Night shift: Harvesting apples at night

A shift from ladders to illuminated platforms allows pickers to work day or night.

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More cherries in the pipeline

  • December 1st, 2010

New, late-maturing cherry varieties developed in British Columbia, Canada, have helped keep the province’s cherry growers in ­business.

“At one stage, the cherry industry was dwindling away until these late varieties were introduced,” recalled Dr. Frank Kappel, cherry breeder at the Pacific Agri-Food Research Centre in Summerland.

The Summerland program continues [...]

  • Tree IVs?

Tree IVs?

  • December 1st, 2010

This injector was tested with apple trees.

Might the airblast sprayer in the future be replaced by IV tubes jabbed in fruit trees?

Michigan State University entomologist Dr. John Wise decided to see if he could control apple insects by injecting insecticides into the tree trunk—much as landscapers now do with [...]

  • Mechanical thinner for green peaches

Mechanical thinner for green peaches

  • December 1st, 2010

The Bin Bandit hauls bins during the harvest season, and a platform sits on it for use in thinning, pruning, and tree training.

Todd Furber jumped on an idea when he saw a prototype fruit harvester at a field day in Pennsylvania, and, adding some ingenuity, he turned it into [...]

  • Platform transforms orchard work

Platform transforms orchard work

  • December 1st, 2010

Tom DeMarree bought this Blosi platform and uses it for many tasks, including installing trellis wire.

Workers crimp stabilizer wires onto trellis wires. The stabilizer wires eliminate the need for additional stakes
or posts.
Two years ago, the Lake Ontario Fruit Program, with a Northeast Risk Management grant and funds [...]

  • Eliminating LADDERS

Eliminating LADDERS

  • December 1st, 2010

Auvil Fruit Company, based in Orondo, Washington, has developed a picking platform with two objectives in mind: to keep costly cull apples out of the ­packing house and to expand the potential labor pool.

For more than 20 years, Auvil has had workers use platforms, rather than ladders, to prune, [...]

  • Pruning is key in cherry production

Pruning is key in cherry production

  • December 1st, 2010

Pruning is the whole foundation of good cherry production, says David Geen, who grows 270 acres of cherries in orchards overlooking Lake Okanagan in British Columbia, Canada.

The vast majority of the cherries that he grows at Coral Beach Farms, Ltd., at Winfield, are varieties bred in Summerland, British Columbia. [...]

  • KC Bailey Farms taps wind and sun for power

KC Bailey Farms taps wind and sun for power

  • December 1st, 2010

This shiny new roof is covered with 110 photovoltiac solar panels that will provide 25-kilowatt power capacity for the cold storage behind it.

Chip and Karla Bailey saw the potential for generating renewable energy on their farm already in 2001, but it took a while to get there.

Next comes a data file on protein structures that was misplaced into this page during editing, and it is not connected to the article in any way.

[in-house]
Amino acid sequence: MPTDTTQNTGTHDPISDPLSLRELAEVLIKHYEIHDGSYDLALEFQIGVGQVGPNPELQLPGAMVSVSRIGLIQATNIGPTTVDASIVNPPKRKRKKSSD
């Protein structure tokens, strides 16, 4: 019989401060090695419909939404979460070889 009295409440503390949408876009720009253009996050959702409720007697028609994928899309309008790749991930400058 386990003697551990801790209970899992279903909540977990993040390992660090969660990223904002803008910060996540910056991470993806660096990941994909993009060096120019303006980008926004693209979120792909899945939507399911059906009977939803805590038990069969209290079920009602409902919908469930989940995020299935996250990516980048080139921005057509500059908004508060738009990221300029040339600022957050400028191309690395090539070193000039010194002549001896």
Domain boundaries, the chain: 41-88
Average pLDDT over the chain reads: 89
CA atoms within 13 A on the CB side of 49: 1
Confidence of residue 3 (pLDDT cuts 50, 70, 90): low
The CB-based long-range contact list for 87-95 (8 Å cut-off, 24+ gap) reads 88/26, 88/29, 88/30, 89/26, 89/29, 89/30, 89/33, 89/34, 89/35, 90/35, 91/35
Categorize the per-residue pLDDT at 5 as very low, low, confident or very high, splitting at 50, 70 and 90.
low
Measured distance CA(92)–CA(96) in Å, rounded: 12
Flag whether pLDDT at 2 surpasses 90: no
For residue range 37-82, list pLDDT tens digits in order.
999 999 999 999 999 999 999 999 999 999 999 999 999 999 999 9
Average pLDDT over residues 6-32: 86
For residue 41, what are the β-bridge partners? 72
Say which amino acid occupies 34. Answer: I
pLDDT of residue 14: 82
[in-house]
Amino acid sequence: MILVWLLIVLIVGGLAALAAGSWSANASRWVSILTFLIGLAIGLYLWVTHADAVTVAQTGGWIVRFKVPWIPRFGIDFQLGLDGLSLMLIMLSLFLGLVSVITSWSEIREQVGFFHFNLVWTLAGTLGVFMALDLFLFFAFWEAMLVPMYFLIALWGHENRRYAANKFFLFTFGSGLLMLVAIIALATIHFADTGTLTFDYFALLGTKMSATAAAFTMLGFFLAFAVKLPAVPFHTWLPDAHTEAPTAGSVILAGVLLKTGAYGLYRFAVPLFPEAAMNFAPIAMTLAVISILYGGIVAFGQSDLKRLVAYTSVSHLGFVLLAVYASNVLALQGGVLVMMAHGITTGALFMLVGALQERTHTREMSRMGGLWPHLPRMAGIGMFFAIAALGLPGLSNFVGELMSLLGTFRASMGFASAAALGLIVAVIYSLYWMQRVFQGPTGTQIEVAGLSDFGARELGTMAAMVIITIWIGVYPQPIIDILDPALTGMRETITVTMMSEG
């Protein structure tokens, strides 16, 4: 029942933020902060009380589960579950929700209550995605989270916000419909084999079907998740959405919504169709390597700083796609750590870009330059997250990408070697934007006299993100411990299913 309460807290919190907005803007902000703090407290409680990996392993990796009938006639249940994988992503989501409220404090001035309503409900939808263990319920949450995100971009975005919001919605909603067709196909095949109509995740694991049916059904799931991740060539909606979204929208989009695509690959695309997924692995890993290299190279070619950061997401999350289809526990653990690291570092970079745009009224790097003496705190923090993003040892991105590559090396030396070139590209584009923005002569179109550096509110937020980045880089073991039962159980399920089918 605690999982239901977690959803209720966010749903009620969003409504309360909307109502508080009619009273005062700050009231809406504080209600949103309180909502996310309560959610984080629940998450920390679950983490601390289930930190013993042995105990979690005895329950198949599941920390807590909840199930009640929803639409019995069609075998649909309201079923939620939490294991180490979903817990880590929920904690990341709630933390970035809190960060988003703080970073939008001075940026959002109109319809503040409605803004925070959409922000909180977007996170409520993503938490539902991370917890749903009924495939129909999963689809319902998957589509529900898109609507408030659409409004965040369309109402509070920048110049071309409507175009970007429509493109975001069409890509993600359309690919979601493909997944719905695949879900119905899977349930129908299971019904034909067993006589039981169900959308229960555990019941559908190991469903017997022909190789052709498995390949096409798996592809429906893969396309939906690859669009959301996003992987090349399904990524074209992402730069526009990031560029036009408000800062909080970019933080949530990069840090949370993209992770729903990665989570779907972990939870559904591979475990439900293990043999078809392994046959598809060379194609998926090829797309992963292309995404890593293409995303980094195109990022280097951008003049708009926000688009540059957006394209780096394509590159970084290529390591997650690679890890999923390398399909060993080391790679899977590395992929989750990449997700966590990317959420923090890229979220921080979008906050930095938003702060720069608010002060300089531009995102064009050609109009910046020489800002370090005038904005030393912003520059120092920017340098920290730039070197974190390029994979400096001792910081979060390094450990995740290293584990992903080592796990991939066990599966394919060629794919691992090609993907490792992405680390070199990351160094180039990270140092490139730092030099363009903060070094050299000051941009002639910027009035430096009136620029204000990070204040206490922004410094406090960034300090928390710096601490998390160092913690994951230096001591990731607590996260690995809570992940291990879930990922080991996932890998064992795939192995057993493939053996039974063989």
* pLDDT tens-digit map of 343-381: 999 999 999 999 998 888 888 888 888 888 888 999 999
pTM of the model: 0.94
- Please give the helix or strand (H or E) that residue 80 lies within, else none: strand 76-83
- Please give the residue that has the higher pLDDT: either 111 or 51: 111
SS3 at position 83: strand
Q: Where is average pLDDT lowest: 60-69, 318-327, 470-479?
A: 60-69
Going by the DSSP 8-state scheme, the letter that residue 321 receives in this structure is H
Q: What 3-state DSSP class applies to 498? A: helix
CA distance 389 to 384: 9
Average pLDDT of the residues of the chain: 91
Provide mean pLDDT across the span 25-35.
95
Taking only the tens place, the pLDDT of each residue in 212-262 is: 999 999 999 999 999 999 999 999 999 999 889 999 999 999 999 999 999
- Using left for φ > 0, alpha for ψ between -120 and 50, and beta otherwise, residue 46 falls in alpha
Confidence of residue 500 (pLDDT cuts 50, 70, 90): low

After years of [...]

  • Farming THE SUN

Farming THE SUN

  • December 1st, 2010

Sol Orchard installed this one-megawatt solar panel project for California’s Victor Valley College.

Imagine a crop without worries of labor, pests, rain during harvest, and rising fertilizer costs. In the near future, there’s potential for such a crop, and it’s one that most growers could produce with little impact on [...]

  • Cherry harvest shifts later

Cherry harvest shifts later

  • December 1st, 2010

At one time, when she grew standard cherry varieties, such as Van, Lambert, Star, and Stella, harvest ended in July at Christine Dendy’s orchard in East Kelowna, British Columbia, Canada.

Now, with some of the latest releases from British Columbia’s cherry breeding program, such as Sovereign and Sentennial, she’s just [...]

  • Large art for small farms

Large art for small farms

  • December 1st, 2010

An illustration of what John Maher’s ladder artwork will look like.

Artist John Maher of Mosier, Oregon, is turning his talents to creating a huge outdoor project featuring dozens of colorfully painted fruit ladders that will appear in a conga-line formation, along highways in the Columbia Gorge.

“Getting the public’s attention [...]

  • An oddly grand apple

An oddly grand apple

  • December 1st, 2010

That Gala apple sport called Grand Gala apparently deserves its name, and researchers at Purdue University have found out why.

It’s because of a process called endoreduplication—never before found in apples—in which cells in the fruit carry out an unusual cell division, doubling the DNA in the nucleus but not [...]

Nurseries need a tree counter

  • December 1st, 2010

Robotics scientists at Carnegie Mellon University in Pennsylvania set out to develop a device to automatically measure the caliper of nursery trees in the field, but found that a simple tree counter would be more useful for the tree fruit industry.

Dr. Sanjiv Singh and colleagues began to develop the [...]